Adley Stump may be the most right-brained artist in Nashville. Her deep, resonant Oklahoma voice belts out meat and potato stories of love and purpose as effortlessly as it does less sexy words like "deliverables," "reverse engineering" and "target market." You may find her on the cover of Billboard in 10 years, but there's an equal chance it's because she's an industry leader as an executive instead of a format leader as an artist.

The story of "Stay at Home Soldier" is a perfect example. This song from the deluxe edition of Like This — available for pre-order at iTunes now, and for streaming below on Taste of Country — was co-written by Stump. It honors stateside soldiers, a group that's not forgotten about, but not celebrated as frequently as those serving overseas. Stump started the Stay at Home Soldier Project and gives a portion of proceeds from related merchandise to her cause.

“I can’t write a large check. I can’t be out there on the front lines," Stump says, "And I can’t bring someone’s husband, wife or child back. But what I can do is write a song. I can be a part of the healing, the honoring and the support.”

Outback Steakhouse heard the song through one of Stump's business partners, Little Black Dress wines. They wanted a video quickly, so the singer put one together in 48 hours. In that video she wore a Remington Outdoors ball cap, which wasn't intentional. Soon, they too were on board. Suddenly her song, her message and her purpose was reaching an exponentially larger audience.

It's not luck, or coincidence. That's how this 26-year-old former The Voice contestant thinks. She is forever on the lookout for non-traditional ways to get her music to fans.

I asked God, 'What are you doing?’ … And I felt like he smacked me upside the head and said 'Ad, I just gave you a stage and a microphone and a voice ... what do you think you're supposed to do with it?'

"I’m not going to be that girl waiting for someone to tell me I'm talented," Stump tells ToC.

Once upon a time, she was. Shortly before appearing on Team Blake during Season 2 of the NBC reality show, Stump signed an independent recording contract.

"How bad could this be?" she remembers asking herself. "I signed away rights to my name for life. Publishing for life with no draw. I signed away full control of everything.”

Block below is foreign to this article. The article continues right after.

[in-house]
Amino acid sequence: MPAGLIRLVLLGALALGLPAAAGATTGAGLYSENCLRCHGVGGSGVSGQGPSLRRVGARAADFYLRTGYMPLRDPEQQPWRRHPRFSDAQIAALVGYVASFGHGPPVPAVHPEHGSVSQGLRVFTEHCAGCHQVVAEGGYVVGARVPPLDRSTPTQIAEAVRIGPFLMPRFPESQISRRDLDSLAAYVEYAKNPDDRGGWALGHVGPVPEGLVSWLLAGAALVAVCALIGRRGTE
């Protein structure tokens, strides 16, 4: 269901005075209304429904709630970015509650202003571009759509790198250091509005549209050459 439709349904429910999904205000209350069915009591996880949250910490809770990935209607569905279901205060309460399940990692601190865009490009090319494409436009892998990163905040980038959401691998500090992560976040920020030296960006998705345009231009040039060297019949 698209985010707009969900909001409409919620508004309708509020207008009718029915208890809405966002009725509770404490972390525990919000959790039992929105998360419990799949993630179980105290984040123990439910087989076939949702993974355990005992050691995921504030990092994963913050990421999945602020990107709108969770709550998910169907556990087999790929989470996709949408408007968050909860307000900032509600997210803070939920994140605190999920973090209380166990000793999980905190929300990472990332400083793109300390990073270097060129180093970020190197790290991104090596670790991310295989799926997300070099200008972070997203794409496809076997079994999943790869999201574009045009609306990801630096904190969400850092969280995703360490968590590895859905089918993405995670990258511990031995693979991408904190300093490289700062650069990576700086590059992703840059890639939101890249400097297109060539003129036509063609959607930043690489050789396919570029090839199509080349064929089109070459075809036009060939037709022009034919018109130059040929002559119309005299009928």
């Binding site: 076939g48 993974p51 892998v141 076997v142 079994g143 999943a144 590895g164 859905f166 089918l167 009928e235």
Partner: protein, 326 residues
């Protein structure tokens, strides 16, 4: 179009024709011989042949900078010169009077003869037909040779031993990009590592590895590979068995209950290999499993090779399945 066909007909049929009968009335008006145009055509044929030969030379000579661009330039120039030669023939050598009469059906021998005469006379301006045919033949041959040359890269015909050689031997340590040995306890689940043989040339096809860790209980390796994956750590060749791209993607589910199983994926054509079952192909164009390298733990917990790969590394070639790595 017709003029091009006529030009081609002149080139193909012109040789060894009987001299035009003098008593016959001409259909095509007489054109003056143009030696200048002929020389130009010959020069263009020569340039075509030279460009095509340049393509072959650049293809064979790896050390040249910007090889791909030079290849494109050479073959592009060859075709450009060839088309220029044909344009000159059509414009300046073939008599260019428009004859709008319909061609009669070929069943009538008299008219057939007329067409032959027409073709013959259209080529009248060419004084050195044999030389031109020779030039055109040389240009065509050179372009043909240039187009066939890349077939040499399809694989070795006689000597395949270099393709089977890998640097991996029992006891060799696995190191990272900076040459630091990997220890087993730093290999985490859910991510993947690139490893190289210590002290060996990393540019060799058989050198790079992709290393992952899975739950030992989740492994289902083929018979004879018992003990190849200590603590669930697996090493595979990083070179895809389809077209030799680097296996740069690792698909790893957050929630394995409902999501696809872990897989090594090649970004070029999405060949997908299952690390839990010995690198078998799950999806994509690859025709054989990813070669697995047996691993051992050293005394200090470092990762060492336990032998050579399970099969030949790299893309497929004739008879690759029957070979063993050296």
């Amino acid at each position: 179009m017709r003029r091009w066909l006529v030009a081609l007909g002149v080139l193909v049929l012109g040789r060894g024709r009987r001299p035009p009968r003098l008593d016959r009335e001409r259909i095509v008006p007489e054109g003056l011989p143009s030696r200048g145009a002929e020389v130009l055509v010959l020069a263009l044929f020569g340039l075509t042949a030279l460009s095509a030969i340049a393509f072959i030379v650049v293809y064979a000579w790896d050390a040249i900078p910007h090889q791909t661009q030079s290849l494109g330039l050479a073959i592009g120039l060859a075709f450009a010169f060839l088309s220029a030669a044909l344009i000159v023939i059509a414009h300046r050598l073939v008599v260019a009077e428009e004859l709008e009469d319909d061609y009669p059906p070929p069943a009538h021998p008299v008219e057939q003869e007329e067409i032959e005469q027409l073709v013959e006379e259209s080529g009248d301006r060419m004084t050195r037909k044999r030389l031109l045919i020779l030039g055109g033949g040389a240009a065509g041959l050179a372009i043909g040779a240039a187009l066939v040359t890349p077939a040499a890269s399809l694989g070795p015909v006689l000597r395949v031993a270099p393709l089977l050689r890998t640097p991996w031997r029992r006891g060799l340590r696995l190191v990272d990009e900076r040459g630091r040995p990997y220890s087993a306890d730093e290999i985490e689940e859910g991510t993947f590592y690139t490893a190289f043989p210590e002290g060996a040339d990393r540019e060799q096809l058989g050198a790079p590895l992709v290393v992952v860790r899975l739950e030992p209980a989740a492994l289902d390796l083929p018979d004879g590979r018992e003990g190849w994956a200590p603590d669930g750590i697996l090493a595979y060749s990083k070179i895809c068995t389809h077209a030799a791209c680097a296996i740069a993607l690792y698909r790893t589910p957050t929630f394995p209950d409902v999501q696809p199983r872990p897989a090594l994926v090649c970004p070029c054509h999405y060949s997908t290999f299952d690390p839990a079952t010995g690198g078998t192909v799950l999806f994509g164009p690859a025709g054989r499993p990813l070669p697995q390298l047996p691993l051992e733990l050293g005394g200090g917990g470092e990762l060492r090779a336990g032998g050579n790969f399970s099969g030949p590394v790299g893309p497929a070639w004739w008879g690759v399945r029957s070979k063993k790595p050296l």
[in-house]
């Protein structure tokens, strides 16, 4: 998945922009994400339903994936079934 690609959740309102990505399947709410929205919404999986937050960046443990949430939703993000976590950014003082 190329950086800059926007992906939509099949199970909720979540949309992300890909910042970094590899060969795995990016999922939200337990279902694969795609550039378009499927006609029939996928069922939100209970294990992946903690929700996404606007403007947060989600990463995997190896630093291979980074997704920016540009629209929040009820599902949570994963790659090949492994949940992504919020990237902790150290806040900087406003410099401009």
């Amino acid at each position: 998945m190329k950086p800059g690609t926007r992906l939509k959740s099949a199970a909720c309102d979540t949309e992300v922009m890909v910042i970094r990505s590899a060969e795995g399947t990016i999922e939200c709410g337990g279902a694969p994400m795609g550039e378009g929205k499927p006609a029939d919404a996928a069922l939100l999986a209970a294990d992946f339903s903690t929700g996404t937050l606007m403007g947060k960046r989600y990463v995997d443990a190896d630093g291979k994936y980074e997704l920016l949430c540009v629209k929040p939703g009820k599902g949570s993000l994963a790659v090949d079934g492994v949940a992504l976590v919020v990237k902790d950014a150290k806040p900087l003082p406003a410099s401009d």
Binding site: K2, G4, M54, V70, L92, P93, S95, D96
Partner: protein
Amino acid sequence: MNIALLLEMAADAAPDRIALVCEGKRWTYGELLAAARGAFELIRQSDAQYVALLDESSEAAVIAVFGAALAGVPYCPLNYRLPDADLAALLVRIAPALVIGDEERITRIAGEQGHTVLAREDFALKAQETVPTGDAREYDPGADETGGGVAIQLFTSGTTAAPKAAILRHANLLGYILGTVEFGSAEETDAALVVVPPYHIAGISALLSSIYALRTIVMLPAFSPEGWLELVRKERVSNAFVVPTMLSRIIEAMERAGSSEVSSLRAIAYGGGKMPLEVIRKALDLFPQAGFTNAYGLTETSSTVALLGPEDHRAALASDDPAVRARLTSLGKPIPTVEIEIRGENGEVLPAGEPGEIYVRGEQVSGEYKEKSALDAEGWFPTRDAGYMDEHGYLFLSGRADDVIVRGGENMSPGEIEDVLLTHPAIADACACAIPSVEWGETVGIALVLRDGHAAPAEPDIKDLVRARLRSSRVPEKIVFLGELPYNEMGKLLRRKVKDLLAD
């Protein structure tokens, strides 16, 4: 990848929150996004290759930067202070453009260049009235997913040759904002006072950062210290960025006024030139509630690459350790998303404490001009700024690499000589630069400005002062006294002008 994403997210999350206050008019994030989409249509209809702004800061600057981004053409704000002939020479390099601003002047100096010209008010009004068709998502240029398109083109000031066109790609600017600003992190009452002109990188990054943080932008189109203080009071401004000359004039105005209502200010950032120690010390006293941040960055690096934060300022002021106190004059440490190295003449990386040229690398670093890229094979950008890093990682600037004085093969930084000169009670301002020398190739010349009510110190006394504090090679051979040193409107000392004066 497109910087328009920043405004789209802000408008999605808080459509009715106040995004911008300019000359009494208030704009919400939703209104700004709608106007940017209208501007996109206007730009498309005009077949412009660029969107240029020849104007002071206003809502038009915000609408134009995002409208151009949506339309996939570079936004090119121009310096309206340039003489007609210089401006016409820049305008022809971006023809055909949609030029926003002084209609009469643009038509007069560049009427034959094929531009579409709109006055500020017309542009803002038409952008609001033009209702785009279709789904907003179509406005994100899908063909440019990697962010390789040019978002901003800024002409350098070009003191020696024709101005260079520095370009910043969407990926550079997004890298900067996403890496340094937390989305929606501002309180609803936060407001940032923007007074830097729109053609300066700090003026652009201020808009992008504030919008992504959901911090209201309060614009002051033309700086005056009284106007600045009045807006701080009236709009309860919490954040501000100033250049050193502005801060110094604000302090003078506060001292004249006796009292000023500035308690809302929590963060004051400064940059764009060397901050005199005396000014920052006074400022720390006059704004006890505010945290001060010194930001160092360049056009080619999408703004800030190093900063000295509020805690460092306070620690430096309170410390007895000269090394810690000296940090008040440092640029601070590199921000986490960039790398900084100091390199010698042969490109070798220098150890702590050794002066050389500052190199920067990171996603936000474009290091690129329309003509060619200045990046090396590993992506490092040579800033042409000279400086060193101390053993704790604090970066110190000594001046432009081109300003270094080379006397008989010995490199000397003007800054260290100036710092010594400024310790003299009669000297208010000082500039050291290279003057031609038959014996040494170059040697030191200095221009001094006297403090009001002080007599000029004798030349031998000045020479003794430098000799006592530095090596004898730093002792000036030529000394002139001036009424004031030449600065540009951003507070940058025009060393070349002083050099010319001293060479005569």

She also had to live in the guy's basement, under curfew, and couldn't go into Nashville without him. After filing bankruptcy, a judge dismissed the contract, but not before he said it was the worst he'd seen in 25 years.

A few years later, Stump's got 270 bottles of wine in her living room and one of the best publishing deals her lawyer has ever seen. She's "making it." The switch-flip moment came after the TV show, when she found herself struggling to find direction. The marketing major wanted to inspire in the nonprofit world while at Oklahoma State University. How was this career, this struggle, helping?

"I asked God, 'What are you doing?'" Stumps says. "I wanted to speak, encourage and inspire people. And I felt like he smacked me upside the head and said 'Ad, I just gave you a stage and a microphone and a voice ... what do you think you're supposed to do with it?'"

The business and artistic ends of Stump's career meet seamlessly somewhere in the middle, although even she admits she's probably a better businesswoman than songwriter. It certainly excites her more. There's a song on Like This called "Little Black Dress," but the country-rocker doesn't play like a three-plus-minute-long commercial. It's a female anthem, as is a song like the title track.

Courtesy of Adley Stump

Elsewhere, "Never Read This" requires more attention. Stump is telling the story of a love gone wrong — it was a co-writer's story. "Hallelujah" closes the project. The acoustic hymn is one fans may have heard, or even downloaded already on iTunes. This mini-LP (available May 19) is an eclectic mix of styles and subjects. It's a Stump sampler.

Moving forward Stump will continue to create and release music in ways that make sense.

“It makes no sense to me as artists, say at my level, to do a big Kickstarter and raise $40,000 and do an album and then just be like, ‘Let’s just put it out there,'" she says, referring to a oft-used but rarely successful strategy in Nashville.

“I don’t know why we think that can work in this business."

Her goals are different from most new artists. She's a dreamer, but perhaps first, she's a worker. A hit song is a dream, while maximizing potential is a realistic goal.

“I wake up every day with a burning desire to take charge and create value and to create unique and beneficial situations for the people I work with," Stump explains.

Does this sound like your typical new artist? After listening to Stump's album, find her blog for more compelling insight on her life and songs from Like This. Then, look for her on a magazine cover one day. She may be wearing a suit instead of a sundress, but the smile with be plenty sincere.